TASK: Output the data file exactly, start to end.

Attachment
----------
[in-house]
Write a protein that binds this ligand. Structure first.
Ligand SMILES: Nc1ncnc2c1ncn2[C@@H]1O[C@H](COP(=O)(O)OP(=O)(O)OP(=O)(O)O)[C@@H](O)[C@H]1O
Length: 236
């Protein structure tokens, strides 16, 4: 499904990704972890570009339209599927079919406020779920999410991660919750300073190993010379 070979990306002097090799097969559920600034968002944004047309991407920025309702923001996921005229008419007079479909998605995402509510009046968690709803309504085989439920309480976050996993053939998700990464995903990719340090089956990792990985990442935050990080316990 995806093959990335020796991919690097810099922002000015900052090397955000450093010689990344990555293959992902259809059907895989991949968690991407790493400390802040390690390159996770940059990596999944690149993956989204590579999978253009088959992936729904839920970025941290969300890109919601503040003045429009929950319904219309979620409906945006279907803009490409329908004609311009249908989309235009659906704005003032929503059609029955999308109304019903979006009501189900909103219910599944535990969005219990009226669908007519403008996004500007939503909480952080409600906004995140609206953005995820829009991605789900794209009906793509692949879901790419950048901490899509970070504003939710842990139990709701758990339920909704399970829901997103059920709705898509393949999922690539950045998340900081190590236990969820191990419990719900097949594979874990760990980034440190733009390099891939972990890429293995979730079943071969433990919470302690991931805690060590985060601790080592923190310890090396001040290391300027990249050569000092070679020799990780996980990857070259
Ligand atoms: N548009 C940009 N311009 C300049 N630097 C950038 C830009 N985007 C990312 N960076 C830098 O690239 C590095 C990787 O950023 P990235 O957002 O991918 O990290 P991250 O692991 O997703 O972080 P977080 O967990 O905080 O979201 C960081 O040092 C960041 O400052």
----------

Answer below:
[in-house]
Write a protein that binds this ligand. Structure first.
Ligand SMILES: Nc1ncnc2c1ncn2[C@@H]1O[C@H](COP(=O)(O)OP(=O)(O)OP(=O)(O)O)[C@@H](O)[C@H]1O
Length: 236
């Protein structure tokens, strides 16, 4: 499904990704972890570009339209599927079919406020779920999410991660919750300073190993010379 070979990306002097090799097969559920600034968002944004047309991407920025309702923001996921005229008419007079479909998605995402509510009046968690709803309504085989439920309480976050996993053939998700990464995903990719340090089956990792990985990442935050990080316990 995806093959990335020796991919690097810099922002000015900052090397955000450093010689990344990555293959992902259809059907895989991949968690991407790493400390802040390690390159996770940059990596999944690149993956989204590579999978253009088959992936729904839920970025941290969300890109919601503040003045429009929950319904219309979620409906945006279907803009490409329908004609311009249908989309235009659906704005003032929503059609029955999308109304019903979006009501189900909103219910599944535990969005219990009226669908007519403008996004500007939503909480952080409600906004995140609206953005995820829009991605789900794209009906793509692949879901790419950048901490899509970070504003939710842990139990709701758990339920909704399970829901997103059920709705898509393949999922690539950045998340900081190590236990969820191990419990719900097949594979874990760990980034440190733009390099891939972990890429293995979730079943071969433990919470302690991931805690060590985060601790080592923190310890090396001040290391300027990249050569000092070679020799990780996980990857070259
Ligand atoms: N548009 C940009 N311009 C300049 N630097 C950038 C830009 N985007 C990312 N960076 C830098 O690239 C590095 C990787 O950023 P990235 O957002 O991918 O990290 P991250 O692991 O997703 O972080 P977080 O967990 O905080 O979201 C960081 O040092 C960041 O400052």